The Obama administration confirmed to the Associated Press on Thursday that a Russian sale of fighter jets to Iran would be a violation of the UN arms embargo, highlighting another Iranian attempt to defy its international obligations. Iran announced last week that it would buy Sukhoi-30 fighter jets from Russia. In response, Michael Singh, former senior advisor for Middle East affairs at the National Security Council, tweeted, “For the next five years, US or other P5 member could block this per UNSC Res 2231.” Bradley Klapper of the Associated Press reported on Thursday that U.S. State Department Deputy Spokesman Mark Toner said the U.S. “will raise” the issue with Russia and that the countries that negotiated the nuclear deal with Iran, which includes Russia, "should be fully aware of these restrictions." As part of UN Resolution 2231, which endorsed the Iranian nuclear deal, the United States, Russia, China, Great Britain, and France agreed to leave the UN arms and ballistic missile embargoes in place for five and eight years, respectively. According to the resolution, Toner explained that such a sale would require the Security Council’s approval "in advance on a case-by-case basis."
Klapper also reported that even though U.S. officials say that the sale would not violate the nuclear deal, “it would amount to another in a long string of Iranian transgressions of U.N. Security Council resolutions.” Since the nuclear deal was reached in July, Iran has launched two ballistic missiles, exported weapons to both Yemen and Syria, and violated international travel bans. The Islamic Republic broke international law when it released videos and photos of the American sailors it detained in the Persian Gulf. Additionally, Iran’s provocative actions in the region and hostile activities toward the United States continue. Iran announced it will unveil an upgraded version of the ballistic missile it launched in October, held anti-American rallies, launched cyberattacks against the State Department, and fired rockets near a U.S. vessel in the Persian Gulf. Iran has also escalated its involvement in Syria, sending thousands of Iranian troops to assist the Bashar al-Assad regime, which continues to use chemical weapons and bomb its own people indiscriminately.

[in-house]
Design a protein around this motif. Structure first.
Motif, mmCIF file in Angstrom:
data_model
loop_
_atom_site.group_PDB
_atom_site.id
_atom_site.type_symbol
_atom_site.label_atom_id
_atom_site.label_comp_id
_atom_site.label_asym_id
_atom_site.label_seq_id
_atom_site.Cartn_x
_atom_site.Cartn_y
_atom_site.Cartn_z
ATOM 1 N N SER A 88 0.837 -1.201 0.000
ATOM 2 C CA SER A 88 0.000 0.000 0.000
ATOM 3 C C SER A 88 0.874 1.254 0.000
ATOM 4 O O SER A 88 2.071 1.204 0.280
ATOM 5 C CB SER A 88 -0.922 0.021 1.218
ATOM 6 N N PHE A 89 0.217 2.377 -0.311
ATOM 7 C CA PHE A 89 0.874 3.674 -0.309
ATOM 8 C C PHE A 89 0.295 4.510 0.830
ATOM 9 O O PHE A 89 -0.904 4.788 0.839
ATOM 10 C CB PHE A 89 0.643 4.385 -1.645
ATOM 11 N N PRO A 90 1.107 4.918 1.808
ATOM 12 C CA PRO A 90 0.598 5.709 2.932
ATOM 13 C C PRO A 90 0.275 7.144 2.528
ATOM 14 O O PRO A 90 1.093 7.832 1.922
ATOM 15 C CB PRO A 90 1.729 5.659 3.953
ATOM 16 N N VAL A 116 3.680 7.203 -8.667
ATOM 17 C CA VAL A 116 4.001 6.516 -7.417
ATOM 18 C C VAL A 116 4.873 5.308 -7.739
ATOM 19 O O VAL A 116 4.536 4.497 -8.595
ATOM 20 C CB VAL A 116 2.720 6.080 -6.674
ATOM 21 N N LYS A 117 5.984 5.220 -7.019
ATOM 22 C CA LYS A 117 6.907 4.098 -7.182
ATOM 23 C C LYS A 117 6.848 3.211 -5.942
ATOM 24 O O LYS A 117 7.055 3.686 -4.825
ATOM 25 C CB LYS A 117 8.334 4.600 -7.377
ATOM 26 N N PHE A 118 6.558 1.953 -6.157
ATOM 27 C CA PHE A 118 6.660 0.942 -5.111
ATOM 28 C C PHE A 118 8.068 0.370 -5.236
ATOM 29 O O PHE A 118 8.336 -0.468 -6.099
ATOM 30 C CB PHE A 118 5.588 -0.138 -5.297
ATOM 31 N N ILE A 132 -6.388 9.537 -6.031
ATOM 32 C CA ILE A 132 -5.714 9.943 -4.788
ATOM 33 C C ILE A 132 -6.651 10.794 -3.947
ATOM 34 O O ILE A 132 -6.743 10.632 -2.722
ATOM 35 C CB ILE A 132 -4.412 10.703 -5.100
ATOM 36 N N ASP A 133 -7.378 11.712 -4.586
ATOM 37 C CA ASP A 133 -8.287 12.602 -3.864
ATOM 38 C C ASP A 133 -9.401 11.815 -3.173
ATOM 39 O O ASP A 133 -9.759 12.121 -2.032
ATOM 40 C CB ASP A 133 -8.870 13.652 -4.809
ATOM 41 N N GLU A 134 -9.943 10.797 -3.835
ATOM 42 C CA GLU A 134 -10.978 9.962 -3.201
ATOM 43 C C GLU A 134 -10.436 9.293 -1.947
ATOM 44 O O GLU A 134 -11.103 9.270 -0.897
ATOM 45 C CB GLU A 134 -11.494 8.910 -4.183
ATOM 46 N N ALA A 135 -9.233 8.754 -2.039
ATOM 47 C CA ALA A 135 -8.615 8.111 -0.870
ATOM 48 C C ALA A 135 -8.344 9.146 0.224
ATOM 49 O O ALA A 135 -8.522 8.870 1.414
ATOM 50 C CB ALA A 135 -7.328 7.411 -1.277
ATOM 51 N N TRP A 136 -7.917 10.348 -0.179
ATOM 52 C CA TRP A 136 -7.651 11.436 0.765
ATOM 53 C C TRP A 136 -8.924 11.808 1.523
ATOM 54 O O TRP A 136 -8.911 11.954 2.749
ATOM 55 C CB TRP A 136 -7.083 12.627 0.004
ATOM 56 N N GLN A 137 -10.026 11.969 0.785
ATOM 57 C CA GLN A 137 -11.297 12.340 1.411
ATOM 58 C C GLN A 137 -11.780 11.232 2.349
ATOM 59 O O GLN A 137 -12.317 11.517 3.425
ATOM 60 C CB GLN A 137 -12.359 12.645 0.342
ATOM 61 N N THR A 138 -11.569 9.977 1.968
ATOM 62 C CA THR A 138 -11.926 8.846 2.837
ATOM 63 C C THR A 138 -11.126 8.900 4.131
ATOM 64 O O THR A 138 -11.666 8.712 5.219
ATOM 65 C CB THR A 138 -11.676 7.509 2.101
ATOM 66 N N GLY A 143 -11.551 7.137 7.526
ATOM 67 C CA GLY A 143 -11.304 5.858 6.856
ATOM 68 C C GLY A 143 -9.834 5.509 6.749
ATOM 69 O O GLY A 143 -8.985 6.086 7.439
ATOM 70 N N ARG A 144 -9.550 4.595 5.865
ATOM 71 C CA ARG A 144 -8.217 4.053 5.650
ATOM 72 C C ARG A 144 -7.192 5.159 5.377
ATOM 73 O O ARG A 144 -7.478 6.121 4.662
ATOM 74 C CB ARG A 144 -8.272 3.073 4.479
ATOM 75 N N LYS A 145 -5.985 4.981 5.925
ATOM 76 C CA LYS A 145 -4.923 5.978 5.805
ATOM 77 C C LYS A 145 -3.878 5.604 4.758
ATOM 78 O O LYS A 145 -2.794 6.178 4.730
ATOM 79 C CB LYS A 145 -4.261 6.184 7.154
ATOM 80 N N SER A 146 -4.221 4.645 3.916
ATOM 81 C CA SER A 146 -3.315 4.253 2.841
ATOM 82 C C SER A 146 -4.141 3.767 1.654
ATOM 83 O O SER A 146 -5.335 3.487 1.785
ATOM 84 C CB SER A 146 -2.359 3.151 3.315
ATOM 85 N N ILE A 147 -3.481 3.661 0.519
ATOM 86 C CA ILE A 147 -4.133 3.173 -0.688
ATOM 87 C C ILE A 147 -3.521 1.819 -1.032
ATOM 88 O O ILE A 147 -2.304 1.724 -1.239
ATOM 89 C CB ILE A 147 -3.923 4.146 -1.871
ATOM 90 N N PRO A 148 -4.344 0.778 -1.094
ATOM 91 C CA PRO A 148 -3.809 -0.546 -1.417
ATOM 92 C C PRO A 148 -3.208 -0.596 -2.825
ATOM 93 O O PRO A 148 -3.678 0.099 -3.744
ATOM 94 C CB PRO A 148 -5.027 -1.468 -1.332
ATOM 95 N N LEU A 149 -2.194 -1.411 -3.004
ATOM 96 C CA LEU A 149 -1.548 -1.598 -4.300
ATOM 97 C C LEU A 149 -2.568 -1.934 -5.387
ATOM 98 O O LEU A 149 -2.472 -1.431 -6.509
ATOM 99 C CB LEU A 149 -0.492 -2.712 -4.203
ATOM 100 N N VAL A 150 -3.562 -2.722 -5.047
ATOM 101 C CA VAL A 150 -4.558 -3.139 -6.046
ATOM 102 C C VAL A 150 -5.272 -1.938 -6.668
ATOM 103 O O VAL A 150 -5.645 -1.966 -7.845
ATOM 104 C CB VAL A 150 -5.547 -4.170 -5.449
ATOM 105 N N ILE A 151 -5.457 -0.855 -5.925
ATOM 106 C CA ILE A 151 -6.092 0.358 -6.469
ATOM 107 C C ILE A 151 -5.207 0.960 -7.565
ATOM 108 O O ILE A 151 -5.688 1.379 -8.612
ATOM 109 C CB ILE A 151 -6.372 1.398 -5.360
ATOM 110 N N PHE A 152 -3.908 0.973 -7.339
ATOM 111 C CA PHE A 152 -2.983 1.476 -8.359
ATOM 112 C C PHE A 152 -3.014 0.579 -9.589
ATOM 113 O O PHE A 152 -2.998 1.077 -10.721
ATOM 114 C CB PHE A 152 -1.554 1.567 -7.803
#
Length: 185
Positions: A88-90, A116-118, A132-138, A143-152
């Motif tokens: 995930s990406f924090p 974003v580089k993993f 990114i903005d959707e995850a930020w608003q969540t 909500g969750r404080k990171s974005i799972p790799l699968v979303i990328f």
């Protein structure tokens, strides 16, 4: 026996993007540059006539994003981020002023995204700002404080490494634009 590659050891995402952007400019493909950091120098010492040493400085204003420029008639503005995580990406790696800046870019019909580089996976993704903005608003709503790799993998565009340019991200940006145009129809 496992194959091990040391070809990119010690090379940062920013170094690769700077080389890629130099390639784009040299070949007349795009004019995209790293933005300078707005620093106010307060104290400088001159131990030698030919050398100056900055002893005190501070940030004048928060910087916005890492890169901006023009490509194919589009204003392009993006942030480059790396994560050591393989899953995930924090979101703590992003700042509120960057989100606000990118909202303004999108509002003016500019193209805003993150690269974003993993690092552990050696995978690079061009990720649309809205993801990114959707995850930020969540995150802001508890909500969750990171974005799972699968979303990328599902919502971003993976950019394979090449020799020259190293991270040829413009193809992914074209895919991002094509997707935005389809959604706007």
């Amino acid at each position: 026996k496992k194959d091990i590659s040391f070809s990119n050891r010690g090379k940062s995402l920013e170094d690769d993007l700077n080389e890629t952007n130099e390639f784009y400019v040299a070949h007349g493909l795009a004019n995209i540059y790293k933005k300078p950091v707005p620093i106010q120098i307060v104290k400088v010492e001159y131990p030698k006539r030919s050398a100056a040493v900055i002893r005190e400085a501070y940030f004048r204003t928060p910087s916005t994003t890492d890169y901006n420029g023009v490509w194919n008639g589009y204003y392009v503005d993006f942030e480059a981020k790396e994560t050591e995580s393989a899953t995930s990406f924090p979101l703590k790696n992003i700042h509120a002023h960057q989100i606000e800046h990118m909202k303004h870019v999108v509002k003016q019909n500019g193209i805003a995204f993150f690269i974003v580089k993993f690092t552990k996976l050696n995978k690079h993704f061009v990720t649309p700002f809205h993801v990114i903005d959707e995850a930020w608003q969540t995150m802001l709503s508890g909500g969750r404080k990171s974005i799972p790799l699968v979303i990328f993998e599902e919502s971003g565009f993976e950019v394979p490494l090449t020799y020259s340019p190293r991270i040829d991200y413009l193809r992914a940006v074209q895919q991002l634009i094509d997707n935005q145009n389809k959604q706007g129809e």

Meeting with a group of mothers and their families from Israeli communities near the Gaza border, the U.S. Ambassador to the United Nations Samantha Power heard about the reality of daily life under the threat of rocket attacks from the Iran-backed terrorist group Hamas, The Jerusalem Post reported on Wednesday.
The meeting was held at Kibbutz Nachal Oz, a community of 380 people that sustained 265 rocket and mortar attacks during the 2014 war with Hamas. Four-year-old Danny Turgeman was killed by a mortar fired from Gaza in the closing days of the conflict.
Zohar Lahav Sheffer, one of the mothers in attendance, told Power that even a year and a half after the war’s conclusion, loud noises still make her three children jump. “They are scared of every sound they hear,” she said. “It reminds them of scary things from the war.” Sheffer, who comes from nearby Kibbutz Gevi’im, explained that her family had to leave their home due to the war. “They ask hard questions about why [they] should grow up in a situation like this,” she added.
The house of another mother in attendance, Adele Raemer of Kibbutz Nirim, was struck by a Hamas rocket during the conflict. The rocket also knocked out electricity to the entire kibbutz. “As terrifying as it is to be shot at when there is light, it is even more terrifying to be shot at in the darkness less than two kilometers from the border,” Raemer, an American citizen, told Power. She added that before the power was restored, the kibbutz was hit by yet another Hamas rocket, which killed two people and severely injured a third.